check your pesonal messages

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Berlin
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Post Mon. Feb. 22, 2010 11:20 pm

"most of what I'm experiencing are the usual problems with bituminous"

well, that means you're not using decent bituminous. the "usual problems" are usually from bad coal. High coke button means that it tends to stick and swell together shortly after it's loaded and form black porous carbon- usually in a giant chunk. Clinkers are fused ash and are completely different. The key to burning bituminous coal is to load the firebox full, use decent large sizes of coal, and "bank" the fire- fire the fresh coal on one end of the firebox and then on the next loading, fire the fresh coal on the other side of the firebox, all while maintaining a deep bed. a min. 8" flue is reccomended and forced draft is not, it tends to develop clinkers. It is likely that you have bad bituminous coal, as I mentioned, the maryland area is known for it's high coke button coal which will make your experiance miserable. I can point you toward some very good and inexpensive sources of bituminous coal, but you'll have to drive a little bit to pick it up, or pay to have someone deliver it to you.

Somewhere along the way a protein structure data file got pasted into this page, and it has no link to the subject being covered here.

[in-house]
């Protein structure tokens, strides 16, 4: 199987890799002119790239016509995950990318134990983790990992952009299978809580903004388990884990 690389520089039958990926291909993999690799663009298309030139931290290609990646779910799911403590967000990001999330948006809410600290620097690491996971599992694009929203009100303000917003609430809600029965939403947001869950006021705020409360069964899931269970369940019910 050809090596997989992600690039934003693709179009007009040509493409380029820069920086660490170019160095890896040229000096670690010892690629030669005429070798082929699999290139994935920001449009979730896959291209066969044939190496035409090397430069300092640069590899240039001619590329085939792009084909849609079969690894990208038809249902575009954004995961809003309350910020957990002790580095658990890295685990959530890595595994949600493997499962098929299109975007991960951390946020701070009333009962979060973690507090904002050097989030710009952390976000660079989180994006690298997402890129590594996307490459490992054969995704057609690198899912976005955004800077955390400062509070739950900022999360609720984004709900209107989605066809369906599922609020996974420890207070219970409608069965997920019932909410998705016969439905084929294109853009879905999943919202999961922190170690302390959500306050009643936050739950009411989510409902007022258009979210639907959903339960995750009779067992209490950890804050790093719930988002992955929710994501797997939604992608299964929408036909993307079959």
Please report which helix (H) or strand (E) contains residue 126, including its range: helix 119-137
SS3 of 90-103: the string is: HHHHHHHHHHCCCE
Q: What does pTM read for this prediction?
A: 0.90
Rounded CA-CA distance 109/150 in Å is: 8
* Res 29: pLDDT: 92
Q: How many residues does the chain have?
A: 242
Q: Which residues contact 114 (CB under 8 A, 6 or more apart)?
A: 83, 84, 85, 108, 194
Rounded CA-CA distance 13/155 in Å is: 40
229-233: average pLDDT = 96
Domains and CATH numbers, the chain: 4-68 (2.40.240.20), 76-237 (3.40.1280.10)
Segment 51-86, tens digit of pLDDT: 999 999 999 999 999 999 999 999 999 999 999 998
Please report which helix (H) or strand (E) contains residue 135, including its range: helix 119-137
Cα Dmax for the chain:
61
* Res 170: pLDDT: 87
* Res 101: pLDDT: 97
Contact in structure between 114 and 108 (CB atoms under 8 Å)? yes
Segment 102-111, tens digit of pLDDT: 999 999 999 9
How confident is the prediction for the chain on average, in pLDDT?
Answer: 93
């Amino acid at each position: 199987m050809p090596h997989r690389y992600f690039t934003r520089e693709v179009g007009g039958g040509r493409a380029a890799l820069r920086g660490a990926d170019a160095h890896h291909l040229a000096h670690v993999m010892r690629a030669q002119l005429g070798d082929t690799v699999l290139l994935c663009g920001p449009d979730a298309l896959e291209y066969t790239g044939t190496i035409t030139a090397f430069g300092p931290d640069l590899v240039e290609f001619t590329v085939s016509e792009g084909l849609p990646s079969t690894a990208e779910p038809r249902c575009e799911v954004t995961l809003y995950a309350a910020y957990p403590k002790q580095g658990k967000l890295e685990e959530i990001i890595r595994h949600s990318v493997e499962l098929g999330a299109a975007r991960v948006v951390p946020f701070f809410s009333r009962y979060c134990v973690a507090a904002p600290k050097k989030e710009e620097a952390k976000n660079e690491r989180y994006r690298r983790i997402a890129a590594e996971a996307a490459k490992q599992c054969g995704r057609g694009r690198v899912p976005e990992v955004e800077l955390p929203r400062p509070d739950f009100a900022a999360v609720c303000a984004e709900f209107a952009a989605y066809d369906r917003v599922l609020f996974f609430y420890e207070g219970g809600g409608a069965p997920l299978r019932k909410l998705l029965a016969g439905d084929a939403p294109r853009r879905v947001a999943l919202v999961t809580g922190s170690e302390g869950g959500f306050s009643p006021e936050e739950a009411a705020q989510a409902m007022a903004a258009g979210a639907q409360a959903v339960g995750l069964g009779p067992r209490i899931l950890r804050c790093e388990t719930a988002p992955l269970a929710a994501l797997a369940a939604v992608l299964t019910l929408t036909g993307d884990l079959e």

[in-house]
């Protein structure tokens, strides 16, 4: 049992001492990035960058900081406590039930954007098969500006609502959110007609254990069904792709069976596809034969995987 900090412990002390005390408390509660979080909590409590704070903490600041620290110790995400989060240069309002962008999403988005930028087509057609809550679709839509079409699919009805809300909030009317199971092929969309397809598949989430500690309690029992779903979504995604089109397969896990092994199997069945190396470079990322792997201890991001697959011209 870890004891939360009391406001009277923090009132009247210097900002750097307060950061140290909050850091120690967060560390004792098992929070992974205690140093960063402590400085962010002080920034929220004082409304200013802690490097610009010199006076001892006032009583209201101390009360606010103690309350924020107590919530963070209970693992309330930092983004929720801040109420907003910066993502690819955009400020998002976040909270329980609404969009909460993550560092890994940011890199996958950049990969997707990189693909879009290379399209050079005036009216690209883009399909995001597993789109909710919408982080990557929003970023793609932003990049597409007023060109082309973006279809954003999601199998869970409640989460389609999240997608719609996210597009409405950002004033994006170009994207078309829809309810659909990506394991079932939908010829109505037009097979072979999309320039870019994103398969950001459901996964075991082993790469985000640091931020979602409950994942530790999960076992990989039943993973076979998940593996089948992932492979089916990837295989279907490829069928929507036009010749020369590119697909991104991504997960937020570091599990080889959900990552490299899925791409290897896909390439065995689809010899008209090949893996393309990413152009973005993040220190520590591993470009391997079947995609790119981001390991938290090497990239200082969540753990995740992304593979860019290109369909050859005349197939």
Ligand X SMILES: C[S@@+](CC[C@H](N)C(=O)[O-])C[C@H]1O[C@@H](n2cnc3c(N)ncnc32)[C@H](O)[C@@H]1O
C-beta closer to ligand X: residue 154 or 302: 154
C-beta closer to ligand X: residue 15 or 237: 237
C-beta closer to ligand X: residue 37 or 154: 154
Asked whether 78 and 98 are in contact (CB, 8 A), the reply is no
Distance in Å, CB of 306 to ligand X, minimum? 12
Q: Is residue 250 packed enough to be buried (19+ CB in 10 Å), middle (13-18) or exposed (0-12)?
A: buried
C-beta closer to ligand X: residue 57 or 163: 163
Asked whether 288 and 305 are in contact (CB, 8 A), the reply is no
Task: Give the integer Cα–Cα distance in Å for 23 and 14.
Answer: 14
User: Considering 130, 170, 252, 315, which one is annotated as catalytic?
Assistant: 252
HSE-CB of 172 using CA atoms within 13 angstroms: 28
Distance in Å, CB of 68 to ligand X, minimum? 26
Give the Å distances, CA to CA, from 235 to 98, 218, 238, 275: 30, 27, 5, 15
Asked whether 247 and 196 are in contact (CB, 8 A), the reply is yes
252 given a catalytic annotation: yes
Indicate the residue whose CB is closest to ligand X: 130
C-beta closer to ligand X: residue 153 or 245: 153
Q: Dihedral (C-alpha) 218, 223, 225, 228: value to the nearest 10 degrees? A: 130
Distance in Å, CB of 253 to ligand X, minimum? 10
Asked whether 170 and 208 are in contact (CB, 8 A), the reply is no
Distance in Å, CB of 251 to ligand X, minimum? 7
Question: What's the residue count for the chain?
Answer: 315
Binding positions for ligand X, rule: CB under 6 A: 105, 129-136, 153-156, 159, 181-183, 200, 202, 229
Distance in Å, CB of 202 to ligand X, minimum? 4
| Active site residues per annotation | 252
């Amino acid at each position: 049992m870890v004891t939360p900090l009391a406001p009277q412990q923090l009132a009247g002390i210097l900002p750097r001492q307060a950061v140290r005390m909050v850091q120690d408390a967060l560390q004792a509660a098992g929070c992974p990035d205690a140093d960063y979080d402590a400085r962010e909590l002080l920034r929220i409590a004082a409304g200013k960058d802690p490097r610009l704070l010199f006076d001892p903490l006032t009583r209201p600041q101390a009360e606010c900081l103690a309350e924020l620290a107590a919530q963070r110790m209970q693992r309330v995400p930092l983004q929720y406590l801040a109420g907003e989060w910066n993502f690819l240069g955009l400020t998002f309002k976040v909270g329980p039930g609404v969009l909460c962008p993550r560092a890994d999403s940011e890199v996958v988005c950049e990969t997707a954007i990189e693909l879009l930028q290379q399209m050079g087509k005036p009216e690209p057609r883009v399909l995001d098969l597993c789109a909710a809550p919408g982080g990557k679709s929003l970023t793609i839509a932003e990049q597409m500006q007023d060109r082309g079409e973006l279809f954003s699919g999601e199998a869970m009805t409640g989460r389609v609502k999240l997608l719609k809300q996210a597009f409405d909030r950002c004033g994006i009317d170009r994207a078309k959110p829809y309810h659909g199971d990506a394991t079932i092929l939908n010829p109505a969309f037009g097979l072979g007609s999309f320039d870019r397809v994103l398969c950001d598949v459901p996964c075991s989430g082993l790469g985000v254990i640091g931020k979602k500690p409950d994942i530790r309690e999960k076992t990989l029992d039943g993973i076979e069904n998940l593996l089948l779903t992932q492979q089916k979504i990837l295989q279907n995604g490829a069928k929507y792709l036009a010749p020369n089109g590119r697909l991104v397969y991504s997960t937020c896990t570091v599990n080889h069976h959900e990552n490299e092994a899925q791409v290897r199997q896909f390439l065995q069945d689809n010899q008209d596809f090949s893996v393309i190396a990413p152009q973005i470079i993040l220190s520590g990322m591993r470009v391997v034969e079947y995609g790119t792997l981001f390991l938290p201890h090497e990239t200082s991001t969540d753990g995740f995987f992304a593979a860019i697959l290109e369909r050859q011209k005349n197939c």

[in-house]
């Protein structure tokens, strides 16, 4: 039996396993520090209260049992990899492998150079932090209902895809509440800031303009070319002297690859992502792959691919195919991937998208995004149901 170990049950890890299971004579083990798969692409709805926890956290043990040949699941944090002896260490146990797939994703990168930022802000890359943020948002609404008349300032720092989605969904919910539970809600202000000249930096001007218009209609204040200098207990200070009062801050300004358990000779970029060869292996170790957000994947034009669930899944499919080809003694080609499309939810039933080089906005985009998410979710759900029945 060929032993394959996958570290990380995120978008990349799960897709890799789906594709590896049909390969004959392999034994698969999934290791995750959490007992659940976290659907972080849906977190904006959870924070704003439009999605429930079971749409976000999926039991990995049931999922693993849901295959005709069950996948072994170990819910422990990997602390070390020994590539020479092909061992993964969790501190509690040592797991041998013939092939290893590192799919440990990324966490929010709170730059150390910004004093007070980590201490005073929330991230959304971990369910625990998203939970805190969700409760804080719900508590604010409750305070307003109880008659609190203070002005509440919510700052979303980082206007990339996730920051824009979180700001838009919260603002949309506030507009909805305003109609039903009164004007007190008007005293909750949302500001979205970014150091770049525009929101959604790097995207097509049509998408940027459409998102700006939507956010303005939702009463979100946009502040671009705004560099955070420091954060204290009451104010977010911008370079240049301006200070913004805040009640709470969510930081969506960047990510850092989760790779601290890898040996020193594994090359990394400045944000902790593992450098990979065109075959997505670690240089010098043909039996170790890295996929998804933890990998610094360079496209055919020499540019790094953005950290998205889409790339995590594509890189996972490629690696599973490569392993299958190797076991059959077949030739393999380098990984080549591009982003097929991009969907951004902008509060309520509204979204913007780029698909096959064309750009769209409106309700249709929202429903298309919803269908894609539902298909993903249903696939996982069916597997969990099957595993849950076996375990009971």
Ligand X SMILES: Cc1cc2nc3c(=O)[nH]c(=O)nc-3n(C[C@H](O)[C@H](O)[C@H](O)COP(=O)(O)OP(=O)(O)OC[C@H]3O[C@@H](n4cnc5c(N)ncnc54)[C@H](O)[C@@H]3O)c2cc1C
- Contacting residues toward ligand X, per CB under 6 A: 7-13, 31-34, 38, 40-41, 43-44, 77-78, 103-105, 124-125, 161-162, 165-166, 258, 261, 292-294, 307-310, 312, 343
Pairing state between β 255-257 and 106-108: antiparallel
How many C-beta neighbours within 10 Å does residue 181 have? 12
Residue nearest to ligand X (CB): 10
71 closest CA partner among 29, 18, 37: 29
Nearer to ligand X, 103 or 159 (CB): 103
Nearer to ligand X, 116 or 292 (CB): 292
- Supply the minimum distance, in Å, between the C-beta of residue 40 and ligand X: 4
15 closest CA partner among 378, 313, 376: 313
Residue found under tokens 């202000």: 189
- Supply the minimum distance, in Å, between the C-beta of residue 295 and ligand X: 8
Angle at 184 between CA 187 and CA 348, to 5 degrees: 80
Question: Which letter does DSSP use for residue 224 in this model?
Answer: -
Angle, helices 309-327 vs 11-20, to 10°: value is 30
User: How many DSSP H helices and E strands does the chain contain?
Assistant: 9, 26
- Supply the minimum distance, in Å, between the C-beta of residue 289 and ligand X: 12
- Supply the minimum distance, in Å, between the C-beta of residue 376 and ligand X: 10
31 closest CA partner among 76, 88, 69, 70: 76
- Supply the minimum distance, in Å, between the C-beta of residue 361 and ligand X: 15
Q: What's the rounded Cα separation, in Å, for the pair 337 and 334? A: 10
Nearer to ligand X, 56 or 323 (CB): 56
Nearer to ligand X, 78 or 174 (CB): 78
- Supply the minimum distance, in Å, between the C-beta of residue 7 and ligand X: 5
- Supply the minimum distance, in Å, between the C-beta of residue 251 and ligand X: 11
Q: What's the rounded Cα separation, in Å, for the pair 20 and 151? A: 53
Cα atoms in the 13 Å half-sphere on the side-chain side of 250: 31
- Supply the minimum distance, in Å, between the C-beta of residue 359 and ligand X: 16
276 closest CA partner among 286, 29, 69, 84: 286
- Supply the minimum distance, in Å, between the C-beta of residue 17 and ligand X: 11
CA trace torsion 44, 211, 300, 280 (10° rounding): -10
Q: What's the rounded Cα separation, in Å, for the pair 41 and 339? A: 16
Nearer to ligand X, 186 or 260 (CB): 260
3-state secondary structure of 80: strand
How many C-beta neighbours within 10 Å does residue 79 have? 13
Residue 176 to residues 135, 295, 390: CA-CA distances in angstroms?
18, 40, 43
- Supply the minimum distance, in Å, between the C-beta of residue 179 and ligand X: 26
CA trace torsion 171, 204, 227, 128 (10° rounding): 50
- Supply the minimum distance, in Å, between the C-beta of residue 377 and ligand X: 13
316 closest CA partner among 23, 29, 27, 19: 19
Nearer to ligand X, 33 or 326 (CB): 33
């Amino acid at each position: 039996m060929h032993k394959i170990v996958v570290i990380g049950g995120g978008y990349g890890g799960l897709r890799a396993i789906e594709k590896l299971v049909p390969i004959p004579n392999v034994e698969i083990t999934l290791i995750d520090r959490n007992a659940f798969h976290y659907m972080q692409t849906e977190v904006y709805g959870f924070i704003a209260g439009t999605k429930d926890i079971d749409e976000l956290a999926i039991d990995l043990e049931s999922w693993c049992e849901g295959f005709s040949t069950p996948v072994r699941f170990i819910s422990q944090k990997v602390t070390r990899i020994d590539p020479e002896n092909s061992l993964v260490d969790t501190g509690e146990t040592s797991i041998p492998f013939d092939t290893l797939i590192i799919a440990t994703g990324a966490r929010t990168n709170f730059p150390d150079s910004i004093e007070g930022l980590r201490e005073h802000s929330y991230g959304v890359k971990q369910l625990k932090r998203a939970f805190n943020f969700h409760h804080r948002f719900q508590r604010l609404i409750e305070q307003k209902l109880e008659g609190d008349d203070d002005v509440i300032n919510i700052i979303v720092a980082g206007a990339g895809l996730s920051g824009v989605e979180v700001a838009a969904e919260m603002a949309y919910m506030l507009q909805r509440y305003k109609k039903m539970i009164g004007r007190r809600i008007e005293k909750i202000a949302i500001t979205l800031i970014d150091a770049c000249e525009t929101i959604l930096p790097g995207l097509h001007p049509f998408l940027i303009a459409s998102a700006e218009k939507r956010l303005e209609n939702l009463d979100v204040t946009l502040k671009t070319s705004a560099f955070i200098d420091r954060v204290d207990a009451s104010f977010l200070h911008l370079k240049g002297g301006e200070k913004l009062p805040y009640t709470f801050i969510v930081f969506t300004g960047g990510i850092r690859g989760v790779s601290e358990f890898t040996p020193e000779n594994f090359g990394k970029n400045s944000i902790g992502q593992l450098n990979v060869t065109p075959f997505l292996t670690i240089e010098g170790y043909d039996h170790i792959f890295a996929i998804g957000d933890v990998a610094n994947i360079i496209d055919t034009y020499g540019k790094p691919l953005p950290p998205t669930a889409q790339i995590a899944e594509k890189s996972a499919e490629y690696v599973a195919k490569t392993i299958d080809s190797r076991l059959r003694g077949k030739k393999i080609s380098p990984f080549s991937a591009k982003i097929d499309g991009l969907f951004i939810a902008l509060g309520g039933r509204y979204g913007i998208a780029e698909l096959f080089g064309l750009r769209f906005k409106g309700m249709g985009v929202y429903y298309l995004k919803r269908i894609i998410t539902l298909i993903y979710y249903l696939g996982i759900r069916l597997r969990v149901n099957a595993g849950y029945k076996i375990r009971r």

Burning western Pennsylvania Bituminous in WNY using model 77 stoker furnace. BITUMINOUS equiptment: 2 hand fired stoves of my own design, Many Combustioneer Model 77 stokers, stokermatic furnace, Many Will-Burt stokers, & and Two Iron firemen.

vinconco
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Post Tue. Feb. 23, 2010 7:06 pm

Berlin wrote:" The key to burning bituminous coal is to load the firebox full, use decent large sizes of coal, and "bank" the fire-
The coal I have is all sizes from very large chunks down to fines.... a lot of fines. What is your suggestion with this type of coal
Berlin wrote: fire the fresh coal on one end of the firebox and then on the next loading, fire the fresh coal on the other side of the firebox, all while maintaining a deep bed. a min. 8" flue is reccomended and forced draft is not, it tends to develop clinkers.
So then you let it burn from one end to the other like a cigar...? I've noticed that the more coal I put on the heavier the crust gets and the cooler the fire. I have to stir it up to get some heat but then I've heard that is a no no. Please bear with me on this as I have only been burning coal for a week or so and I'm still confused. One other problem I might have is the flue which is a 6" square masonry about 40' and extends above the roofline by at least 2'